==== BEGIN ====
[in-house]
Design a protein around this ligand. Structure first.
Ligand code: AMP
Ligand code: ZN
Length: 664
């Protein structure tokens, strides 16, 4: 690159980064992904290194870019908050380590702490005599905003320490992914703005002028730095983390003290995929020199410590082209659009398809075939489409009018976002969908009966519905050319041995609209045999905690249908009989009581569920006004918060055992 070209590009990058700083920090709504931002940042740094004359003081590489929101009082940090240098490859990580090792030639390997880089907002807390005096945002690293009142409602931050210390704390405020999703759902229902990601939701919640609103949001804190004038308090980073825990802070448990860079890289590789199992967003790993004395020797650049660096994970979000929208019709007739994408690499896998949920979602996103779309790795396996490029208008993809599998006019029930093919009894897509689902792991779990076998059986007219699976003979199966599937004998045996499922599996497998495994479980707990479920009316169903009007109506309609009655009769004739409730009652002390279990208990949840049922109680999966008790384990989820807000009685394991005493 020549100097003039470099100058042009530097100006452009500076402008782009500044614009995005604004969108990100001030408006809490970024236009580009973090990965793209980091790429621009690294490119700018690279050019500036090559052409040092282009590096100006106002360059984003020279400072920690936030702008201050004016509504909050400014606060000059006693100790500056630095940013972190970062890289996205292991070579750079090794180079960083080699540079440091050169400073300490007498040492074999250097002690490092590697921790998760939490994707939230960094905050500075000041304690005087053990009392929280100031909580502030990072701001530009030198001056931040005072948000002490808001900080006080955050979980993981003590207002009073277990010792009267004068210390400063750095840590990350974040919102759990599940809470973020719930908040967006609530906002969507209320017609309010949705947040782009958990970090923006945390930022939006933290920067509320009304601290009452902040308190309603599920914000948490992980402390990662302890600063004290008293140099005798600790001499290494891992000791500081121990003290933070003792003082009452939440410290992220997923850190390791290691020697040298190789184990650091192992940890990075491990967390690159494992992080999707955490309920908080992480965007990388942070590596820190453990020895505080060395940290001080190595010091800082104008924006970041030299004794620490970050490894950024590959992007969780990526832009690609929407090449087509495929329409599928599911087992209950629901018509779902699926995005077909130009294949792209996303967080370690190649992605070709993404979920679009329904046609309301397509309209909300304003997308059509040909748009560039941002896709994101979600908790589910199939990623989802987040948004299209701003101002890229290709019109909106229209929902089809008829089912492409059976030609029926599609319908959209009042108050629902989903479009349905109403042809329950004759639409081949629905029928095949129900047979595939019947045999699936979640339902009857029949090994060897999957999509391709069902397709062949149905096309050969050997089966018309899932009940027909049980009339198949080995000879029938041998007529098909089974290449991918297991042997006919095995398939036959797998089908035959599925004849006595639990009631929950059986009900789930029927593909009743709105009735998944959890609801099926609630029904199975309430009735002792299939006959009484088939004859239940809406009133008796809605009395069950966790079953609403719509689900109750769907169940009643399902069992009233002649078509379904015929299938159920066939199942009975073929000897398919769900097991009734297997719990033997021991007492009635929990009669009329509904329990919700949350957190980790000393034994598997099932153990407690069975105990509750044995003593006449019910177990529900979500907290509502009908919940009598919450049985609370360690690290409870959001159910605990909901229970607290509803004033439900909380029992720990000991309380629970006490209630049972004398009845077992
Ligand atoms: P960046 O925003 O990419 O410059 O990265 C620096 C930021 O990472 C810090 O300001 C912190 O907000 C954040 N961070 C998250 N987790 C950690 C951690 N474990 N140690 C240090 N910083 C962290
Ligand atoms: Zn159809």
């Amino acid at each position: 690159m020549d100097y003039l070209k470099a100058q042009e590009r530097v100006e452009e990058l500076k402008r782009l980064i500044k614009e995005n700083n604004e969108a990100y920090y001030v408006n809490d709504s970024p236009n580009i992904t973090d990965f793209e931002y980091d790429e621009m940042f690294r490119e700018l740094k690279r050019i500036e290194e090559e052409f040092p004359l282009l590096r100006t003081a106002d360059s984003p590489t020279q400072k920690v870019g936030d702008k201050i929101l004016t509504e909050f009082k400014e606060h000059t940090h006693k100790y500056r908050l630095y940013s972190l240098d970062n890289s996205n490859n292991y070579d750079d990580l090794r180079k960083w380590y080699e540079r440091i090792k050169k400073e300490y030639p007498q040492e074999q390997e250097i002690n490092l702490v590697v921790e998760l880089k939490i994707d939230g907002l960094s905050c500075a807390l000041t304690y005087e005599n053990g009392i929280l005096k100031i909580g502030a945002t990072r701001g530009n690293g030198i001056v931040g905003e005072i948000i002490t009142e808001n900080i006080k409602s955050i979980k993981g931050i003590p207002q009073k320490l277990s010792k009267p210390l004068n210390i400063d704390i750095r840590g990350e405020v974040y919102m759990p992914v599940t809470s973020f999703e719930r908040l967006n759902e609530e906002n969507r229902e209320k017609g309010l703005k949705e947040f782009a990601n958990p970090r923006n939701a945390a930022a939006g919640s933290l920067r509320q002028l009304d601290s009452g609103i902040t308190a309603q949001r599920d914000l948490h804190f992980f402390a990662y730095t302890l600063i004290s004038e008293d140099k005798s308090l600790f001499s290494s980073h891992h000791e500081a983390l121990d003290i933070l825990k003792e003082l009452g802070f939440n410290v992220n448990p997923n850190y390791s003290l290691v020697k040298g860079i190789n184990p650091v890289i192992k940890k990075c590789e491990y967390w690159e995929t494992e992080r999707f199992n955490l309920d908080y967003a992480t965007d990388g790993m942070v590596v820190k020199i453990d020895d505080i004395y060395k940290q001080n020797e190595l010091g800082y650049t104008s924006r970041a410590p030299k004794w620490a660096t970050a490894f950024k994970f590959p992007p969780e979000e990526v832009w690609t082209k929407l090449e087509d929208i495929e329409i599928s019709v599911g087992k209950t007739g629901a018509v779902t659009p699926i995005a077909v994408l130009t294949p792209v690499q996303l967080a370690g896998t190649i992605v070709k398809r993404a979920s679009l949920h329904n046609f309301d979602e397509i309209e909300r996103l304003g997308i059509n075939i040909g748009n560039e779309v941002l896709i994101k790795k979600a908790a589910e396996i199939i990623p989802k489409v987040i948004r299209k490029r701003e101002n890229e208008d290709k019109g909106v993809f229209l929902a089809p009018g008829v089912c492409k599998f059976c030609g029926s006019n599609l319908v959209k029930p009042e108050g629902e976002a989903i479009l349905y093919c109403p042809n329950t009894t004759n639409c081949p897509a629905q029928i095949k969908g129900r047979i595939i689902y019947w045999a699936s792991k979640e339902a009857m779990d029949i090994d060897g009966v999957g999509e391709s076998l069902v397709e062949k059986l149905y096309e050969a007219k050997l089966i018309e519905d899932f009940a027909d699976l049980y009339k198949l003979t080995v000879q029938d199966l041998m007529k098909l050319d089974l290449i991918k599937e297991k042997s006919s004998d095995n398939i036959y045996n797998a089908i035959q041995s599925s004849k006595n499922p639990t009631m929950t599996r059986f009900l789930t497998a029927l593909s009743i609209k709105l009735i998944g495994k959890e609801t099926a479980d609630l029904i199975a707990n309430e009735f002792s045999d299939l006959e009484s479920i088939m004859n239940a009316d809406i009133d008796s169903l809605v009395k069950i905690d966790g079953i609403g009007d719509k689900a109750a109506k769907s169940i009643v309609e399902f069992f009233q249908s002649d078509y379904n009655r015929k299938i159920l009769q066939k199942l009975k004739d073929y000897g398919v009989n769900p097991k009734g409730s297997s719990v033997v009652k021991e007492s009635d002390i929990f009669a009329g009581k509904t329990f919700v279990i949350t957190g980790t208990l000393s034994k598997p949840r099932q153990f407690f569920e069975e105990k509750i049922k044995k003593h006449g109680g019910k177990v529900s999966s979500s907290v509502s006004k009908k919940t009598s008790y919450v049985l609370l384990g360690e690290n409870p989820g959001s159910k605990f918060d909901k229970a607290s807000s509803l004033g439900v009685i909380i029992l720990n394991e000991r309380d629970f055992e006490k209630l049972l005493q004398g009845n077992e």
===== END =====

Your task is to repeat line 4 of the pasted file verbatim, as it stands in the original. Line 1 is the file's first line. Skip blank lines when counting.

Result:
Ligand code: ZN